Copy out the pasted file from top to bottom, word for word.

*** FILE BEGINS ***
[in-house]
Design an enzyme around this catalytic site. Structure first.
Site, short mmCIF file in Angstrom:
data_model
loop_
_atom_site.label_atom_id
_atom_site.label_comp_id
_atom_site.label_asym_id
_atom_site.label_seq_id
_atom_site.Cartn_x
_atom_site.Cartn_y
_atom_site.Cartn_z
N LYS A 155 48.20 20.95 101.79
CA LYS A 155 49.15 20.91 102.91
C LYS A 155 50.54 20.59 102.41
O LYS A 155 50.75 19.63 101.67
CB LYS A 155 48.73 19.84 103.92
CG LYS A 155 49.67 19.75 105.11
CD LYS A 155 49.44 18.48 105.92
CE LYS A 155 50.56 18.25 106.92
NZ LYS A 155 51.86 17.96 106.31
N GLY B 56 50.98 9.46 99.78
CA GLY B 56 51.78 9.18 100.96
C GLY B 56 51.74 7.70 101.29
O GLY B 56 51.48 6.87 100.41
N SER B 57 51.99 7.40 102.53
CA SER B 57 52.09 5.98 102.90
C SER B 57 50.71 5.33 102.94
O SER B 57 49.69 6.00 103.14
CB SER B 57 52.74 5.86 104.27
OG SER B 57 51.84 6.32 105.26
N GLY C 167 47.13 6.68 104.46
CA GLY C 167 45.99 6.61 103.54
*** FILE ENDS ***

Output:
[in-house]
Design an enzyme around this catalytic site. Structure first.
Site, short mmCIF file in Angstrom:
data_model
loop_
_atom_site.label_atom_id
_atom_site.label_comp_id
_atom_site.label_asym_id
_atom_site.label_seq_id
_atom_site.Cartn_x
_atom_site.Cartn_y
_atom_site.Cartn_z
N LYS A 155 48.20 20.95 101.79
CA LYS A 155 49.15 20.91 102.91
C LYS A 155 50.54 20.59 102.41
O LYS A 155 50.75 19.63 101.67
CB LYS A 155 48.73 19.84 103.92
CG LYS A 155 49.67 19.75 105.11
CD LYS A 155 49.44 18.48 105.92
CE LYS A 155 50.56 18.25 106.92
NZ LYS A 155 51.86 17.96 106.31
N GLY B 56 50.98 9.46 99.78
CA GLY B 56 51.78 9.18 100.96
C GLY B 56 51.74 7.70 101.29
O GLY B 56 51.48 6.87 100.41
N SER B 57 51.99 7.40 102.53
CA SER B 57 52.09 5.98 102.90
C SER B 57 50.71 5.33 102.94
O SER B 57 49.69 6.00 103.14
CB SER B 57 52.74 5.86 104.27
OG SER B 57 51.84 6.32 105.26
N GLY C 167 47.13 6.68 104.46
CA GLY C 167 45.99 6.61 103.54